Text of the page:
One of my favorite things that I learned from teaching a Global and Historical Studies course about China is from the Daoist sage Chuang Tzu. He highlights how a person can be incredibly skilled, and yet if they enter a competition and there is a prize at stake, suddenly their competency is diminished. When we focus on a prize, it divides our attention. Here is what he wrote in his own words:
When an archer is shooting for nothing,
he has all his skill.
If he shoots for a brass buckle,
he is already nervous.
If he shoots for a prize of gold,
he goes blind or sees two targets.
He is out of his mind!
His skill has not changed,
but the prize divides him.
He thinks more of winning than of shooting.
And the need to win drains him of power.
This is definitely true in education as we seek to promote learning using grades as incentives and as gatekeepers. But is there any alternative?
My colleague Bryan Furuness shared some thoughts on a related subject earlier this summer on his blog. First, he noted that the very act of evaluation can undermine creativity. He recognizes that there may not be an alternative. because, as he puts it, “I could ask students to do a certain amount of work and to judge them on whether they’ve completed that work—but completion ain’t engagement, and engagement is what I’m after.” He also asked in an earlier post what the point of creative writing classes is. Here’s an excerpt from there:
A devotional path: I had never thought about a writing practice in those terms, but it resonates with me. It speaks to the way I approach my writing and my teaching. Let me show you some ways to walk this devotional path. Maybe one of these ways will work for you; maybe you’ll find a different way. None of us can say where this path will take any given student, but we can help them learn to walk it.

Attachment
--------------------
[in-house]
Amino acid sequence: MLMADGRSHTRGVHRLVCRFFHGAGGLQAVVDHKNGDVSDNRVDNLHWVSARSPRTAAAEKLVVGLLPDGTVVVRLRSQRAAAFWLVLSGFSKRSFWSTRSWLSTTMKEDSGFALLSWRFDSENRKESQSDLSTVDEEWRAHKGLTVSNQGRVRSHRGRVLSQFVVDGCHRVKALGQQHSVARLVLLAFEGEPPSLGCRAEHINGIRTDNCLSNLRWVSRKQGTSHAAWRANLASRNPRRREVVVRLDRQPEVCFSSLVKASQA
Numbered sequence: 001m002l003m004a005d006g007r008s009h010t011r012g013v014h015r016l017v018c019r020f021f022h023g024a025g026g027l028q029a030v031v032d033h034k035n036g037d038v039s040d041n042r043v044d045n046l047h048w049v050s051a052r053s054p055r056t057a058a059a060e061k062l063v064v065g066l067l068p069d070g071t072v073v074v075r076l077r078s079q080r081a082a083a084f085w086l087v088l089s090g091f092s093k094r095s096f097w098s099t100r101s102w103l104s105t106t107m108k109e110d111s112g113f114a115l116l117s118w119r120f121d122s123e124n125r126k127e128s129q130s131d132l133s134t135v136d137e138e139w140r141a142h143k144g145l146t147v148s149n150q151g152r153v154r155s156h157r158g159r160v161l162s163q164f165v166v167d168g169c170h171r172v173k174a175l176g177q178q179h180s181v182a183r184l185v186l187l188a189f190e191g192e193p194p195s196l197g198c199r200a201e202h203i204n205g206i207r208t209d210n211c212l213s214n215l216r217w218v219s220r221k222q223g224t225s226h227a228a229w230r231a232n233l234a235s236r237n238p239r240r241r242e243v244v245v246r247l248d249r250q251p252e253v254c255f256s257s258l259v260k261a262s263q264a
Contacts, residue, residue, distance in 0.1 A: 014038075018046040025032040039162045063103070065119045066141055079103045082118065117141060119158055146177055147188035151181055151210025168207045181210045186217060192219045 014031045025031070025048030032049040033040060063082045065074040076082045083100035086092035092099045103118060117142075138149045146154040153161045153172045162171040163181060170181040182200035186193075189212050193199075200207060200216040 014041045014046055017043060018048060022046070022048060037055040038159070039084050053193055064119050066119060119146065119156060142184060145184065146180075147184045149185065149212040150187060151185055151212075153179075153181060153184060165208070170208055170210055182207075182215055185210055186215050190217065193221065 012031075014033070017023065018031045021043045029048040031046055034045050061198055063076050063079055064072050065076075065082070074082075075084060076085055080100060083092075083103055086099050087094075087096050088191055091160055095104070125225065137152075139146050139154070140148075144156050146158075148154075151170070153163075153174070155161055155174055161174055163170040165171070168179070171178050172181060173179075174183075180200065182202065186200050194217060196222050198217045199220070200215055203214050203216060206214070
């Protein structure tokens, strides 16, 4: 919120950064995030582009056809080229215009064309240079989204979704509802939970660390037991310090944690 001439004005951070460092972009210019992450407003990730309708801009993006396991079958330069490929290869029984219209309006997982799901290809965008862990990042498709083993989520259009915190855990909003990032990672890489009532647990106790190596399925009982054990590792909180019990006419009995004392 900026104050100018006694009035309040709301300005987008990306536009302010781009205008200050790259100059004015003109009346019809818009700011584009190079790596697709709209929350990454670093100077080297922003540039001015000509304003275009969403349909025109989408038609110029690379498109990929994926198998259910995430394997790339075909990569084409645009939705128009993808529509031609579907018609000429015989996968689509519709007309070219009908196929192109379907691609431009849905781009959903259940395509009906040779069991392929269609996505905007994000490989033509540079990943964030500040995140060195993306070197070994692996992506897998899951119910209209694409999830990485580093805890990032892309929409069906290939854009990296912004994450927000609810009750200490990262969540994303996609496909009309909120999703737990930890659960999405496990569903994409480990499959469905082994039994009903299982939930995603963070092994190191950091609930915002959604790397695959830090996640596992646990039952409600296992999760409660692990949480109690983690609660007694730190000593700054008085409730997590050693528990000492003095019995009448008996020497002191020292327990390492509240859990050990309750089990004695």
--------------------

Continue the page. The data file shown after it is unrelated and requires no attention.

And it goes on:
That sounds nice and all, Bryan, but what’s the point of all that walking? Toward what end?
A fine question. We shouldn’t promise a destination, but we should define a purpose…
Humans are the story-telling animals, as Jonathan Gottschall writes. Learning how to write stories and poems and essays—it’s the most human thing you could be doing. And what is a liberal arts education if not learning how to be more human?
So here’s one answer to the big question. Tentative, raw, and far from the only answer, but hopefully an improvement on the awkward silence of the meeting. Writing is a devotional path. We can help you learn to walk that path for the rest of your life, becoming more human with each step.
Click through to read the rest. Inside Higher Ed likewise drew attention to the potential for focus on grades to be to the detriment of learning. That notion still seems counterintuitive to some – and that is the heart of the problem.
The Chronicle had articles on grades, and “ungrading.” Jesse Stommel has more on that idea in a blog post from last year in which he wrote:
Without much critical examination, teachers accept they have to grade, students accept they have to be graded, students are made to feel like they should care a great deal about grades, and teachers are told they shouldn’t spend much time thinking about the why, when, and whether of grades. Obedience to a system of crude ranking is crafted to feel altruistic, because it’s supposedly fair, saves time, and helps prepare students for the horrors of the “real world.” Conscientious objection is made to seem impossible.
There is a call for papers about literature as vocation that I feel I should share here, given its connection to Bryan’s post. More links related to learning and motivation follow below it!
I feel as though the recent news about New Zealand focusing on wellbeing and happiness rather than wealth is also relevant to this, since our economic pundits often say that only desire for profit and wealth will motivate effort.
Of somewhat related interest, here are a couple of things on gamification and keeping learning fun:
MZac Fitzwalter’s blog is also worth exploring.
Finally, see too Hanna Kim’s thesis on religious themes in World of Warcraft